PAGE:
Most sharks are nocturnal feeders; however, feeding during the day is also common. Most sharks hunt alone, but have been found in pairs or small groups, or in some cases large groups. Sharks consume relatively small amounts of food (3-5% of their body weight) at one- to two-day intervals. They feed intensively for a short period and then feed very little for a longer period and are able to stop feeding for several weeks at a time. During these times, sharks rely on oil reserves in their large livers.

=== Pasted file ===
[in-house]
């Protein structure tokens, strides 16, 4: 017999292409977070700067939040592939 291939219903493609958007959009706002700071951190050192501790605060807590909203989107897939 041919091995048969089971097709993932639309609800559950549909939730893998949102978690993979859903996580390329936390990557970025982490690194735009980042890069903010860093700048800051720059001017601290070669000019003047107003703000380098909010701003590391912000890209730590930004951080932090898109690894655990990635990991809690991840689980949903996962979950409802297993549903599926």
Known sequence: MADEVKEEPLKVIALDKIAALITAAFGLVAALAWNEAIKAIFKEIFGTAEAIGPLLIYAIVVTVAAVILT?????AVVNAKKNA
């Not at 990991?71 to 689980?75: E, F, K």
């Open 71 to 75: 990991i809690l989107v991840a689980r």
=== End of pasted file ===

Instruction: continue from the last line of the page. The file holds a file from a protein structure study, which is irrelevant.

Sharks are opportunistic and often indiscriminate feeders. Most species are carnivores and feed on a wide variety of prey in a wide variety of sizes. Whale sharks (top left) are filter feeders that strain planktonic organisms from the water, while shortfin mako sharks (bottom left) feed on marine mammals. Some sharks feed primarily on live prey, others on diseased, wounded or dead animals. Diet is related to the age and size of a shark. As sharks grow, their diet will vary considerably. There is also considerable variation in diet from one location or season to the next. This variation is attributed to the availability of prey.